“Mom – this is home. You’ve moved here.” Of course she looks at me blankly for 5 seconds – and then her face, very very suddenly, you would say ‘spontaneously’, her face folds into a grimace of horror and her very blue eyes are aswim in sudden water.

“Oh, no!”

Clench your fist under the table, asshole. This is what you get, asshole. Keep it together.

“Mom – ”

“Oh, no, let’s get out of here! Oh, no, Jeff.”

“Where do you want to go?” I ask stupidly, my blood on the run, heart slamming.

“Let’s go, oh, please – let’s just go! I don’t care where! Let’s get out of here!”  Never seen her like this, not since Pat’s accident. And her blue eyes are full of water but it won’t fall down her face. The fullness of the trap makes itself known, it’s slammed shut already. When I watched her walk blithely through that gate in the driveway, I should’ve grabbed her. NO! Let’s go, mom! Forgive me! It’s a trap, a trick! But now 20 years of sickened anticipation is over, the surreal is real, and the gate is shut. This is that moment. She knows it. It has struck her like a wave. She raises her hands –  her arms –  raises her arms up as if to fend something off and lightly brushes her temples with her fingertips, a horror actress about to push her hands through her hair.

“Oh no, oh no, oh no.”

“Mom …let’s walk to the back. C’mon.” I adopt the ameliorating tone of a confidant. “C’mon, let’s walk to the back.” This is what ‘unbearable’ means. This is what that means. I can’t bear it. Just walk and hold her. There is a long driveway, it bends to the left as you walk to the back of the property and there is a sitting area with an umbrella. We sit down, but I don’t remember what was said, because within a half-minute Frank comes walking boldly toward us. My rescuer.

“Heeey! Let’s eat!” he says, Telly Savalas announcing supper. Slavika is with him in her apron; a nice, humor-filled Croatian couple. Been doing this for 30 years. Highly regarded, fully licensed, seen it all. Done it all. They shower their stupefied residents while wearing surgical gloves. Aloha, my mother, looks at me and grabs my forearm. I can’t. I CAN’T!! Frank looks at me conspiratorially as he says –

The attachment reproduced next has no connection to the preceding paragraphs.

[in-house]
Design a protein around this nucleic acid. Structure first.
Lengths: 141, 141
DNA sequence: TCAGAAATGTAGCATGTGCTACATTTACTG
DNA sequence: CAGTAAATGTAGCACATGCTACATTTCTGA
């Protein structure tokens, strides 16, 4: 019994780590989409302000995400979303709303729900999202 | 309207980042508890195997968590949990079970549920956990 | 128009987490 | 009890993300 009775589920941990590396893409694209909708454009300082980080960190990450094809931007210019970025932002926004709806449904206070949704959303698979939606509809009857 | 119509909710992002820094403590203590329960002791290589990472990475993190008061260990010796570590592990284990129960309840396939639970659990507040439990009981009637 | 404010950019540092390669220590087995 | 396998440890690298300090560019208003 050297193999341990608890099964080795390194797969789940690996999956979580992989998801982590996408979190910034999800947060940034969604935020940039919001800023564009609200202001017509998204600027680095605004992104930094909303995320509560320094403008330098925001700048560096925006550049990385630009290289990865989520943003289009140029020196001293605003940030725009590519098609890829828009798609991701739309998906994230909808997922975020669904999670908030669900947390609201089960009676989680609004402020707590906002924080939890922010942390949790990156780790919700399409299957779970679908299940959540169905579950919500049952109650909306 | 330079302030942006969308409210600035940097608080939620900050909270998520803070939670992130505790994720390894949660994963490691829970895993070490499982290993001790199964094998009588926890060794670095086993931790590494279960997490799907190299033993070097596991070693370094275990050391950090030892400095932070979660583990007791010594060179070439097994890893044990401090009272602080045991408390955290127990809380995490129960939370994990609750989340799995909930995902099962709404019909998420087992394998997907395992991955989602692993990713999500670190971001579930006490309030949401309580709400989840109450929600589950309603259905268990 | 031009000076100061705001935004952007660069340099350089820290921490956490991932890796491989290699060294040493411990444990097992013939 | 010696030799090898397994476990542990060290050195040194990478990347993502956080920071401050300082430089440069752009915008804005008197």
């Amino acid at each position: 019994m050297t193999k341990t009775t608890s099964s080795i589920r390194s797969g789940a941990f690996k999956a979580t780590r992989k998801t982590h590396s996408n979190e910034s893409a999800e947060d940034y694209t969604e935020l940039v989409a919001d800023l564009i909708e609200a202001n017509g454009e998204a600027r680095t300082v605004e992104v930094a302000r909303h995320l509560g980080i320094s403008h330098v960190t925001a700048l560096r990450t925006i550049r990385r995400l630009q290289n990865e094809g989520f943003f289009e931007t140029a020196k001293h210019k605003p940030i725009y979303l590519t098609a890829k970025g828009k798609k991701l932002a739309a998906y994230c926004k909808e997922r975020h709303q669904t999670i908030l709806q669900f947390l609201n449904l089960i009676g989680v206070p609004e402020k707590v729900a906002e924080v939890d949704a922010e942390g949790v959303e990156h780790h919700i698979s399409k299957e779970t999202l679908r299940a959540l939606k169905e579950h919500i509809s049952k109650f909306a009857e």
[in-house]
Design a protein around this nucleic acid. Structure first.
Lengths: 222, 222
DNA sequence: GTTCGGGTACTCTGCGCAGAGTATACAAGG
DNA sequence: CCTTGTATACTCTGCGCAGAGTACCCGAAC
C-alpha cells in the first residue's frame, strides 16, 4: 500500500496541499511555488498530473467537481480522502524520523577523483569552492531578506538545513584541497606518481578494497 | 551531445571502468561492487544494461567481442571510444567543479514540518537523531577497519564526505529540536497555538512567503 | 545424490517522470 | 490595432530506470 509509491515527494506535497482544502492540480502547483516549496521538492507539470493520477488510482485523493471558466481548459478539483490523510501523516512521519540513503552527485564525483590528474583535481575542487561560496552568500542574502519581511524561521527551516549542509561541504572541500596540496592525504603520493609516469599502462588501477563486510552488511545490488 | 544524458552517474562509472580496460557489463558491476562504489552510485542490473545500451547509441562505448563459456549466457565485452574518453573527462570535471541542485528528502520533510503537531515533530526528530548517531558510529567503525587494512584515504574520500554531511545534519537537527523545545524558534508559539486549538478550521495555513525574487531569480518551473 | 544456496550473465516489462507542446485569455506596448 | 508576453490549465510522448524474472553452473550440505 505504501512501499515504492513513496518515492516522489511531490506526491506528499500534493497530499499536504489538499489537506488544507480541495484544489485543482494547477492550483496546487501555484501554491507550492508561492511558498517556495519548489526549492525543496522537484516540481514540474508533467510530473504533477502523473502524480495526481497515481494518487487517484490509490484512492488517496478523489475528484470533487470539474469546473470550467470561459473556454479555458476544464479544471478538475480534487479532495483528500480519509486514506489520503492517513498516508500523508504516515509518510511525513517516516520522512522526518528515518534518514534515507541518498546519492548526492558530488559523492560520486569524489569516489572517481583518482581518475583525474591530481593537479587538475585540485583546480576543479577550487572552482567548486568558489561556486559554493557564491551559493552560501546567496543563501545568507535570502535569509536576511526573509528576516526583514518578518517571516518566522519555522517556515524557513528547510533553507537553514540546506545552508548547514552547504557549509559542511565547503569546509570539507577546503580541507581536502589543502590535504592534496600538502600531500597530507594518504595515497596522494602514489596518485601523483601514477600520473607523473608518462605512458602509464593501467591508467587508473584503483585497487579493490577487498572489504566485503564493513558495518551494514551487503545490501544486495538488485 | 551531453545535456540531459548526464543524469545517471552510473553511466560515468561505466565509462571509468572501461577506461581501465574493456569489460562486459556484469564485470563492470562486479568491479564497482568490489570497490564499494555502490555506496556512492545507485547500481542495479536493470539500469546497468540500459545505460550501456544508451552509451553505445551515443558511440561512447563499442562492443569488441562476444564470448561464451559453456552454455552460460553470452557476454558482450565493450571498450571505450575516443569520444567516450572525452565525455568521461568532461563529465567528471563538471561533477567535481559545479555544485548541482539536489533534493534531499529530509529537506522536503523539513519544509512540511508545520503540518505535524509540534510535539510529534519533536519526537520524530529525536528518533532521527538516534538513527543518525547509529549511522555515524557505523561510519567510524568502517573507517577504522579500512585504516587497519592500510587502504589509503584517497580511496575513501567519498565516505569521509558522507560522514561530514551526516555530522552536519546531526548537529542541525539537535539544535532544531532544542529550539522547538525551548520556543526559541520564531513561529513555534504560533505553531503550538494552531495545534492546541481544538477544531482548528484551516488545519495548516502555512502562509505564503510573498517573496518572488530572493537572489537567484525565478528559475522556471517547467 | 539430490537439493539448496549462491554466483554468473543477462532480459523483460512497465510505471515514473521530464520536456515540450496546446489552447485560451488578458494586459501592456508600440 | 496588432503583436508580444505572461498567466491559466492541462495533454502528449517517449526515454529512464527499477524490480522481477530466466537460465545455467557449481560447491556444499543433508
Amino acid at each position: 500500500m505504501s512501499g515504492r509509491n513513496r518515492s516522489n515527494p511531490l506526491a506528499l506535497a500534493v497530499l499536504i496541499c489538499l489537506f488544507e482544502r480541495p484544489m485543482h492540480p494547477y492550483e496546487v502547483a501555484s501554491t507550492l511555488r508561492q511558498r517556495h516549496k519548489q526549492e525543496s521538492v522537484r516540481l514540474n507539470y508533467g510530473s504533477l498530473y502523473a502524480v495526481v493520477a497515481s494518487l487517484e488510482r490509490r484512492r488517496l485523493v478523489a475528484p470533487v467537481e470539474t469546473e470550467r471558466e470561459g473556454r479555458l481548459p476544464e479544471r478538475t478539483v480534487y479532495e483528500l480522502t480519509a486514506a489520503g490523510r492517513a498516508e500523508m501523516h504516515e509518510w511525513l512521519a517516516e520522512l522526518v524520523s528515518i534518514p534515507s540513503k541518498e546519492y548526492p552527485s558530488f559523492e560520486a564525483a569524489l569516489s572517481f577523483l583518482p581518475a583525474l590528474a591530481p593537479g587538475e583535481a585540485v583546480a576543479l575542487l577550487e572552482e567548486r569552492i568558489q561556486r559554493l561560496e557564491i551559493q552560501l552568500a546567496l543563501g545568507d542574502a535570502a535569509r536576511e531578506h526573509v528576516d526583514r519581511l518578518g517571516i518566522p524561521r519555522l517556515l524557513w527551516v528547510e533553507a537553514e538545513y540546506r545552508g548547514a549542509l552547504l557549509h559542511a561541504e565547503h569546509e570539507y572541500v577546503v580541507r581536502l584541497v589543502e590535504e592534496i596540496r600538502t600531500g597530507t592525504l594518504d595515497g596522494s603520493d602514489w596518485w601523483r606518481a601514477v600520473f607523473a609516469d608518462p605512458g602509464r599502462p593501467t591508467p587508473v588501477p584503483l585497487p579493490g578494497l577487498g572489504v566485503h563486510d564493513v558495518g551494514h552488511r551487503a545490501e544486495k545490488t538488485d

“Come on, we got dinner.” He face is motioning to me – Now is Your Chance, she just needs to acclimate, it’s better this way. Aloha gets the whole routine, though, and she looks at me. THAT look. And she just takes her hand off my forearm. And now I can see her door closing and the moon sweeping across the sky and all the bullshit gears working their phony magic. Frank gets on one side, Slavika on the other, they’re very gentle, they coax her to her feet and she rises from the cushioned lawn chair with difficulty.

“Come on, it’s okay, it’s okay, it’s okay,” Slavika assures in the singsong mantra of a caregiver. My mom, to my surprise, seems relaxed, her posture has loosened. But then I see it’s a striking surrender. Frank looks down at her and speaks very gently.

“You like potato salad?” My mom, while I watch, looks up at him with a sort of doomed leer, a gallows smile. WTF is that? I’ve never seen that expression. Has she ever used it before? She looks up at him and smiles, a ‘sad’ smile, a smile of saddened new ‘hello’. She is more alive and aware and aflame than anyone else in the scene. She looks right at his eyes.

“Yeah. I like potato salad,” she says with disgust, smiling. The white flag.

She lowers her face, she lets herself be escorted down the driveway. Am I seeing this? Frank and Slavika make faces and gestures – you can take this time to leave – it’s the perfect time. It’s okay it’s okay it’s okay! Go to your car, she’s fine. I’m afraid, though. My mom’s going to look over and see me leaving, Judas slipping between the guards. But she just walks between them without looking back. What is this? She puts her left hand on her hip as she walks between them, a gesture of fortitude, of putting her back into something. To my puzzlement, she doesn’t even look back toward me, doesn’t look back at all!  The goddamndest thing. Ever. EVER. I didn’t picture this. Her rounded shoulders obscured by her new keepers, she shuffles up onto the porch and through the open door. And that is how I killed my mother.